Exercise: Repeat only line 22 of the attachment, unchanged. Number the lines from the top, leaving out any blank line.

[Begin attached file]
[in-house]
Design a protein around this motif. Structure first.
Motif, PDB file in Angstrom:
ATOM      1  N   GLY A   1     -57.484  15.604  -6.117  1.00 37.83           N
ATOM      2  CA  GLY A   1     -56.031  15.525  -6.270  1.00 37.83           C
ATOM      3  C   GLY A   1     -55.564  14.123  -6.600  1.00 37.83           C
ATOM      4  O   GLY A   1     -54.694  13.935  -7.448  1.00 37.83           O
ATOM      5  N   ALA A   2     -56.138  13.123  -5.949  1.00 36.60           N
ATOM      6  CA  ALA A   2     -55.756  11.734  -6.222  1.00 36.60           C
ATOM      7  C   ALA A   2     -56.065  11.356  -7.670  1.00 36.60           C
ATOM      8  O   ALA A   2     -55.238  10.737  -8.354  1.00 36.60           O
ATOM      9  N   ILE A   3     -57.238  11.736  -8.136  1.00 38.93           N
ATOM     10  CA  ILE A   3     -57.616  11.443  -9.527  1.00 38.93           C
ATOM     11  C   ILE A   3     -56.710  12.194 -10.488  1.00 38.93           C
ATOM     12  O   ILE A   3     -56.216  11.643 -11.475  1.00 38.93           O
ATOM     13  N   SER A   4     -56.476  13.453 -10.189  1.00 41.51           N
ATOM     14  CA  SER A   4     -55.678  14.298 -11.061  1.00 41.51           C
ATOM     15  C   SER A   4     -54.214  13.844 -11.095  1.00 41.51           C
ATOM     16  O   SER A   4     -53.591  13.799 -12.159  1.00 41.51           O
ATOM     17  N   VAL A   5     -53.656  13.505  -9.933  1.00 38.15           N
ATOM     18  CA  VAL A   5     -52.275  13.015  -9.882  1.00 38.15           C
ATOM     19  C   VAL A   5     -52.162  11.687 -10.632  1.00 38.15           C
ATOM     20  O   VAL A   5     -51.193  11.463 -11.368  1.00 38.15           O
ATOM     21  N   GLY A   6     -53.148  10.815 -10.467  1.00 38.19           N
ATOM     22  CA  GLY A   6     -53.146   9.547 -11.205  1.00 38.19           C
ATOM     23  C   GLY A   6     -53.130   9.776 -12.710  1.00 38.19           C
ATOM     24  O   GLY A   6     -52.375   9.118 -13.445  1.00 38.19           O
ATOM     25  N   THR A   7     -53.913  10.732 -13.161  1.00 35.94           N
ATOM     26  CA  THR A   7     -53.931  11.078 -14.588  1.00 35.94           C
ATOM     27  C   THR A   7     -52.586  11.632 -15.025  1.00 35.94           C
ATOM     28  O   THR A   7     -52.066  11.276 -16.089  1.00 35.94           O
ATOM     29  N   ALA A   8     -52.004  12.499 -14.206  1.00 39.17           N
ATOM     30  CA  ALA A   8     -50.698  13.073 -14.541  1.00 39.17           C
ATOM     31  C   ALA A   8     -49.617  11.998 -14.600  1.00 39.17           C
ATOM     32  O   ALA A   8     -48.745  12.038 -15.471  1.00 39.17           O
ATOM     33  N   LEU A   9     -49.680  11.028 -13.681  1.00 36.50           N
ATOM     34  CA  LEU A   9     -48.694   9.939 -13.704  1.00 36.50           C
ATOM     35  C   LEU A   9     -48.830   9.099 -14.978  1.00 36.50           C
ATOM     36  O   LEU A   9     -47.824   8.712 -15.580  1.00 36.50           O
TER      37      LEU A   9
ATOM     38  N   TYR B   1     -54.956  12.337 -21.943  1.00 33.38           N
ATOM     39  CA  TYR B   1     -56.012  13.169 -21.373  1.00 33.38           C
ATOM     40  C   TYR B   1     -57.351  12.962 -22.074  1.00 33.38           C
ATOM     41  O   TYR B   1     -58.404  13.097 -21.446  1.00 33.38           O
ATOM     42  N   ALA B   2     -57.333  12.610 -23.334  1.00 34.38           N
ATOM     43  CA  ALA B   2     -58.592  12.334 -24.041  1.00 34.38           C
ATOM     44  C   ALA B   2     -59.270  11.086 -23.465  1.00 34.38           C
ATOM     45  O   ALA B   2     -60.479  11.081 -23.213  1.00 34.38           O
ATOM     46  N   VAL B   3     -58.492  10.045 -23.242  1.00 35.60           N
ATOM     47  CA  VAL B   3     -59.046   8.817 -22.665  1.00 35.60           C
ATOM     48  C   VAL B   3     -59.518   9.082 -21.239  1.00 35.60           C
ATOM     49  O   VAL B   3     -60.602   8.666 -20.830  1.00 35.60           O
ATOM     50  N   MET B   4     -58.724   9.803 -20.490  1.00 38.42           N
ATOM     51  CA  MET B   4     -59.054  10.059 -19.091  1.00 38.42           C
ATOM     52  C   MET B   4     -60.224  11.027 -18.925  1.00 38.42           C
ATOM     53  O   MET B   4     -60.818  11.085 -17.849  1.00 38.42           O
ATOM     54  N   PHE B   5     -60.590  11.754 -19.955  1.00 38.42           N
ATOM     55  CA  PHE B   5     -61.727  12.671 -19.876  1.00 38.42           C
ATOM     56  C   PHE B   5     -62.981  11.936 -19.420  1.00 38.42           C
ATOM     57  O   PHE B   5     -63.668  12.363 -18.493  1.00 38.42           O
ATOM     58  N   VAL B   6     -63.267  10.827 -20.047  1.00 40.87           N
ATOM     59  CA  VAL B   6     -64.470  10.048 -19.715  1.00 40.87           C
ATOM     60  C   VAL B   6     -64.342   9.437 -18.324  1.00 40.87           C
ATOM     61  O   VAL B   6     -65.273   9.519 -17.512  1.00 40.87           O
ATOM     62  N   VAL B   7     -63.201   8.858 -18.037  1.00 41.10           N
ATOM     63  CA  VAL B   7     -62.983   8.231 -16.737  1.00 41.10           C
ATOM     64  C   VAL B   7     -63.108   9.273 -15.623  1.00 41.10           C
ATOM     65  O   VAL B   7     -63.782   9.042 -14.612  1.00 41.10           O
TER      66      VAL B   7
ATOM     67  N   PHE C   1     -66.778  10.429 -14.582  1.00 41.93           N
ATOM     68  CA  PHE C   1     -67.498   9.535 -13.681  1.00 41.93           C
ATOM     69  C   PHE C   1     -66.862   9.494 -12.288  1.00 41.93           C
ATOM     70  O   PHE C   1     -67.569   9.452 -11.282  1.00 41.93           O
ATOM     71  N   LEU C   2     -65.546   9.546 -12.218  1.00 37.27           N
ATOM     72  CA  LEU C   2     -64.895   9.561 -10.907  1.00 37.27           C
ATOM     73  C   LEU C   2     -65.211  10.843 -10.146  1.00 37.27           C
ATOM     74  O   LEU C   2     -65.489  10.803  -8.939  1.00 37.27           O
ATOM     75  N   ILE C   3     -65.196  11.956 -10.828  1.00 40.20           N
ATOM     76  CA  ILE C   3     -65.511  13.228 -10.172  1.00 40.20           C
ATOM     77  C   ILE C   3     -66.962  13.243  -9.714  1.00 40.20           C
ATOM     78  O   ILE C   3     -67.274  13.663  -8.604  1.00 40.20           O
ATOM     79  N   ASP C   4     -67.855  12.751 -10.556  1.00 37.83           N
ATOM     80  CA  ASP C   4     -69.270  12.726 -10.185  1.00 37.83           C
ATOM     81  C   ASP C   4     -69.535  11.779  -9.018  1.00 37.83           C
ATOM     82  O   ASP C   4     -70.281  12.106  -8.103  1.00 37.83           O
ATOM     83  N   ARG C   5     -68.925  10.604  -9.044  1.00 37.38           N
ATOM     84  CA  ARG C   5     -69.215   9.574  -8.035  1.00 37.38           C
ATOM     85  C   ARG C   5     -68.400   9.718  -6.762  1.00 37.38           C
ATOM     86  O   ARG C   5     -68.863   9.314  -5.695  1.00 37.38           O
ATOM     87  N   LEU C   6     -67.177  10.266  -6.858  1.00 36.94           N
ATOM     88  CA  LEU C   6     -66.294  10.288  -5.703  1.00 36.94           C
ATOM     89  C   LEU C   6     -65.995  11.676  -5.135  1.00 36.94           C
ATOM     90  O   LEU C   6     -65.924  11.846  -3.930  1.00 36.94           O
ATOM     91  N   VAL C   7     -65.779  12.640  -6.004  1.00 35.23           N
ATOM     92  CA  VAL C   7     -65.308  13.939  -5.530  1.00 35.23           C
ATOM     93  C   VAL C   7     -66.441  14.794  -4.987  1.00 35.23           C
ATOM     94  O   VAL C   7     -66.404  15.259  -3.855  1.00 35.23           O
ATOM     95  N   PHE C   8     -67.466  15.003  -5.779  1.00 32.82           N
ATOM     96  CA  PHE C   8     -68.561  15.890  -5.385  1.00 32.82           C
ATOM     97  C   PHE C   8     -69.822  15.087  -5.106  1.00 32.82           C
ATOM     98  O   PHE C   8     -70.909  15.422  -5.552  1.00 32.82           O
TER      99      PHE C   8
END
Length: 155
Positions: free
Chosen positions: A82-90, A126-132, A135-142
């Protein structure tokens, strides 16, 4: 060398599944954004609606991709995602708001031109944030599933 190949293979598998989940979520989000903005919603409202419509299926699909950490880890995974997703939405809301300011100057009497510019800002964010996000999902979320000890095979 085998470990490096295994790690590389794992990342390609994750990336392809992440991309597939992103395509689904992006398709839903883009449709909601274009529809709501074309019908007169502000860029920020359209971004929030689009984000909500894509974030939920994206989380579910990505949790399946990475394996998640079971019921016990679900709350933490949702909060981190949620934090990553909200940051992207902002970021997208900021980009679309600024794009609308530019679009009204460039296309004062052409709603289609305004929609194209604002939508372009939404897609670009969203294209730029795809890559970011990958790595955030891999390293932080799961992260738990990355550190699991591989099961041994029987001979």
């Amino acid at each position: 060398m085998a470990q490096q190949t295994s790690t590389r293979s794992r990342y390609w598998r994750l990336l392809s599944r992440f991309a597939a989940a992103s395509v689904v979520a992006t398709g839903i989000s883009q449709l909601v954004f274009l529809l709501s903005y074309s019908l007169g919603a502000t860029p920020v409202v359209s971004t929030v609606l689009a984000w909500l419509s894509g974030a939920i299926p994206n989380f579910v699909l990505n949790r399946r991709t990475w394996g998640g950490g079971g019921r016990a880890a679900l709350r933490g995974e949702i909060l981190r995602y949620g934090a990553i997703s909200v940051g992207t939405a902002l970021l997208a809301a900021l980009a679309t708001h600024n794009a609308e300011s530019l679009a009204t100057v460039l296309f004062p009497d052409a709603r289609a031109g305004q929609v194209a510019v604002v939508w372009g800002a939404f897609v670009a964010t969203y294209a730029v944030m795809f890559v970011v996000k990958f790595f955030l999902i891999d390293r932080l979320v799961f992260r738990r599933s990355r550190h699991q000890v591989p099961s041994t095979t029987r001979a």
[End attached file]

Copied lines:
ATOM     19  C   VAL A   5     -52.162  11.687 -10.632  1.00 38.15           C